Are you afraid of pressure cookers? For some, it’s because grandma’s used to steam, whistle and jump around on top of the stove, or because of her dire warnings that it would explode if it got bumped. I was nervous when asked to test the Power Pressure Cooker XL, an electric pressure cooker sold on infomercials, on QVC and in select home-goods stores across the country.
How does a pressure cooker work? The theory is simple: Cook food, using water or other liquid (like broth), in a sealed pot, in as little as half the time of conventional cooking. For instance, cooking a pot roast in the oven can take about an hour; cooking the same pot roast in a pressure cooker will take only 20 to 30 minutes. Pressure cooking always needs liquid and thick sauces won’t work; you can’t build up enough pressure. Essentially, pressure cooking steams the food.
On opening the package, the Power Pressure Cooker XL isn’t much bigger than a bread maker; all the buttons are on the front, letting you choose what you’re making (meat, chicken, fish, soup, vegetables) for automated timing, along with a way to set time for your own recipes or add time to the automatic settings, in case you’re making more or less than the original recipe sets out. I decided to start with the easiest recipe, pot roast, which is also the recipe my grandmother made with her pressure cooker.
I expected the process to be messy and noisy; I was wrong. I followed the directions in the included cookbook. I plugged in the cooker, put the insert in place and turned the cooker on, using the “meat” setting. According to the directions, I seared the roast in the insert; it’s great being able to use only one pot to make this meal. As soon as the searing was complete, I added the other ingredients – potatoes, carrots, onion, all cut to as uniform size as I could get them. I added the liquid and the spices. I placed the lid and locked it, made sure the timer was set appropriately, closed the pressure valve and waited.
Before I knew it, the beeper went off; my roast was done. Wait a minute – where was the noise? Where was the noise? Did it really work? I followed the instructions to release the pressure, then opened the pot. I was met by some of the most delicious smells ever. Almost before I got the top off, I could tell this was going to be great.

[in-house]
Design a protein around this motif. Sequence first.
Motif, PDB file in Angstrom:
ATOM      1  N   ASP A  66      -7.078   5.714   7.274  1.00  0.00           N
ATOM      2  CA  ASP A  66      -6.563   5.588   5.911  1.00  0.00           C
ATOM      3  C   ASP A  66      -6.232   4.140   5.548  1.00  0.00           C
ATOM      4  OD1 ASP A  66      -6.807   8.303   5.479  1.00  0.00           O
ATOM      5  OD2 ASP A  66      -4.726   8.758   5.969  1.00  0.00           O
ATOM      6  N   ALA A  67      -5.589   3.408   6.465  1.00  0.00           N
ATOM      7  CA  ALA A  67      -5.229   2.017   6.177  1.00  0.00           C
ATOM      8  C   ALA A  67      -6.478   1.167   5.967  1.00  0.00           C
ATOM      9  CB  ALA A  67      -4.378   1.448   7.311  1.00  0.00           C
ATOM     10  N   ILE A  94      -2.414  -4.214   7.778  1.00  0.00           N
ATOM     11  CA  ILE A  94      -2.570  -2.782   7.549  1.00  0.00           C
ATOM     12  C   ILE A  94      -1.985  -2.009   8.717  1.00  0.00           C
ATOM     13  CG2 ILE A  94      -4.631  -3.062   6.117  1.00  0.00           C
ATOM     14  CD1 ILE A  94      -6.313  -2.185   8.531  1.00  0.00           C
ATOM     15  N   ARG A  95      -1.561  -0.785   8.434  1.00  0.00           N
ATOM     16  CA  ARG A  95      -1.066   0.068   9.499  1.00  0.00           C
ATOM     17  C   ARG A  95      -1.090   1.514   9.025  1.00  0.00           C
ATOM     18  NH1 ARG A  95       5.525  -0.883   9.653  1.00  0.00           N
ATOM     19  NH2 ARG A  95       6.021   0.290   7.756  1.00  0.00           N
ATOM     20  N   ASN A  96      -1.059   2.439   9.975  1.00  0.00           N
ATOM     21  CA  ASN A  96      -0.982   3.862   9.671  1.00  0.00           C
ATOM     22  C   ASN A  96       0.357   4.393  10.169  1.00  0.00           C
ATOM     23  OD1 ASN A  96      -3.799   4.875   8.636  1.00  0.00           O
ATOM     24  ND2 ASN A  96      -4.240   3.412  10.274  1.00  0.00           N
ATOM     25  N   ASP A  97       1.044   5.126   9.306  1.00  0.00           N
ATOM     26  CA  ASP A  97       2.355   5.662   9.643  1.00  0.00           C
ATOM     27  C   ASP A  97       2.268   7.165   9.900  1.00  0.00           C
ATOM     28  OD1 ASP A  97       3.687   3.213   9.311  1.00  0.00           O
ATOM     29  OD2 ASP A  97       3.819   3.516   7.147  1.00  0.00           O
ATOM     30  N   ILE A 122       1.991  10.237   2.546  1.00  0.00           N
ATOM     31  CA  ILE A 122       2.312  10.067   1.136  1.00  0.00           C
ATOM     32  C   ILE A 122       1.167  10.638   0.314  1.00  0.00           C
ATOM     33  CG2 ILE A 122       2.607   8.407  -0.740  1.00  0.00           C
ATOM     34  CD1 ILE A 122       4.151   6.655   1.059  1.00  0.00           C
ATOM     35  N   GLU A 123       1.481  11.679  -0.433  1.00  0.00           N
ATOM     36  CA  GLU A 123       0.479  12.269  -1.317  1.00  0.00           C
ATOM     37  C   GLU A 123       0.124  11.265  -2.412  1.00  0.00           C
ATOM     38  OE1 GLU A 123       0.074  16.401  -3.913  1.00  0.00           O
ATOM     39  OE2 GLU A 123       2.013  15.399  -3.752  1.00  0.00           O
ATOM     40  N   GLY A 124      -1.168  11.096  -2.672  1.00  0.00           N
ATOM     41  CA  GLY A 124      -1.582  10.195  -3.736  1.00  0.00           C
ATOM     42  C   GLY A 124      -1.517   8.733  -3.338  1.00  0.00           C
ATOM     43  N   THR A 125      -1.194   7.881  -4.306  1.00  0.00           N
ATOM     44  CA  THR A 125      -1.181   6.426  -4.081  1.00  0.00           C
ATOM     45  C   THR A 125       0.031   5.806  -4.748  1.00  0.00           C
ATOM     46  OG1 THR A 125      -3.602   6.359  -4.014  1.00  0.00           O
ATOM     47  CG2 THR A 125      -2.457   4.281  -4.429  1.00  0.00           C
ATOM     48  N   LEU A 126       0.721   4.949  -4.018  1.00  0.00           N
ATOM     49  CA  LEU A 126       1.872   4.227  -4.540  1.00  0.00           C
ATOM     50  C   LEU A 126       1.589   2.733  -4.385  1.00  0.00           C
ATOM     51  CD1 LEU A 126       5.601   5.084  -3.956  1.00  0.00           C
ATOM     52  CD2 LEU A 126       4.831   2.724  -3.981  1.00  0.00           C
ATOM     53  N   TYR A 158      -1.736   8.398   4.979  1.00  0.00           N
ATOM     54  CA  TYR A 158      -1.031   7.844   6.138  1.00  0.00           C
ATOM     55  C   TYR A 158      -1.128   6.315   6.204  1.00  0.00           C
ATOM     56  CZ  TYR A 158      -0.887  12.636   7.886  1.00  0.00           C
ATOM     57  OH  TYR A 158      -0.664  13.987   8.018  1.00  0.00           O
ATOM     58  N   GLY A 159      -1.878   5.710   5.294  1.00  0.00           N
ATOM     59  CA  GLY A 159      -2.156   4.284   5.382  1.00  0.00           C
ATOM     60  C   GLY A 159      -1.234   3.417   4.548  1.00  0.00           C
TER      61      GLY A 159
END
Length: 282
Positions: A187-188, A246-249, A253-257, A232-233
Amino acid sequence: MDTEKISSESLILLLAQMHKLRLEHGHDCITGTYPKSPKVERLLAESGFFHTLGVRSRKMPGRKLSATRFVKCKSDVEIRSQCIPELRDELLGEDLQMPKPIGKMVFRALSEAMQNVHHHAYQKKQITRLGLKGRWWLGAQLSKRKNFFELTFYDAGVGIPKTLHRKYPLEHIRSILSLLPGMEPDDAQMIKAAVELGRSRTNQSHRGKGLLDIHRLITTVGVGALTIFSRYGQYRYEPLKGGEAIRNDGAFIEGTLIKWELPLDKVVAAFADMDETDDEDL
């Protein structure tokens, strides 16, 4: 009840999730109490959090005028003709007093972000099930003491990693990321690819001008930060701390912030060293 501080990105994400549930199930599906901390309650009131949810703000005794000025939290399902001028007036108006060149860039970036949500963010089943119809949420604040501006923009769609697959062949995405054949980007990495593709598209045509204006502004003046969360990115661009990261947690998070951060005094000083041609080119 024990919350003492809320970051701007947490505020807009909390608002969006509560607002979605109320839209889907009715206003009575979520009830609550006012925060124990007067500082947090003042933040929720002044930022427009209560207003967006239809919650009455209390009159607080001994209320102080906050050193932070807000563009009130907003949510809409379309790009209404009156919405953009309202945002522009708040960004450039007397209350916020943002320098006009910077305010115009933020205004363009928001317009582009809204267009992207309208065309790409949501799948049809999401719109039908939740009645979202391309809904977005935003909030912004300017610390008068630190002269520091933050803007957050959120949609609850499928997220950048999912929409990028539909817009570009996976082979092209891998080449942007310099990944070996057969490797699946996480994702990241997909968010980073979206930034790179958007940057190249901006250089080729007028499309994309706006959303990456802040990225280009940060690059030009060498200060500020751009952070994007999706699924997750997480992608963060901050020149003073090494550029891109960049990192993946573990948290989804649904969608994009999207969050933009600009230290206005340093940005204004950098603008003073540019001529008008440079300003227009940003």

The roast was so tender, I needed a slotted spoon to get it out of the cooker. I turned the cooker back on and brought the broth to boiling so I could make some gravy; the combined flavors were … mmmmmmm. Best yet, the kitchen wasn’t hot, it was clean and cooking only took 20 minutes.
Here are some tips I learned to make using the pressure cooker easier:
- Always use at least one cup of liquid: broth, water, wine work well
- At the same time, never fill the cooker more than half full of liquid
- The cooker will adjust its temperature as cooking progresses, from the highest heat to built pressure, lowering it as needed throughout the process to keep the pressure up
- It’s ok to add time, if needed, to the stated time or the automatic time setting
- For even cooking, cut veggies into as uniform sizes as possible
- To make your own recipes for the cooker, use your normal ingredients, then cut the cooking time by 25 to 50-percent
I admit – I was wrong. The new electric pressure cookers are really worth it. Many thanks to Eric Theiss and Meredith Laurence for taking the time to convince me.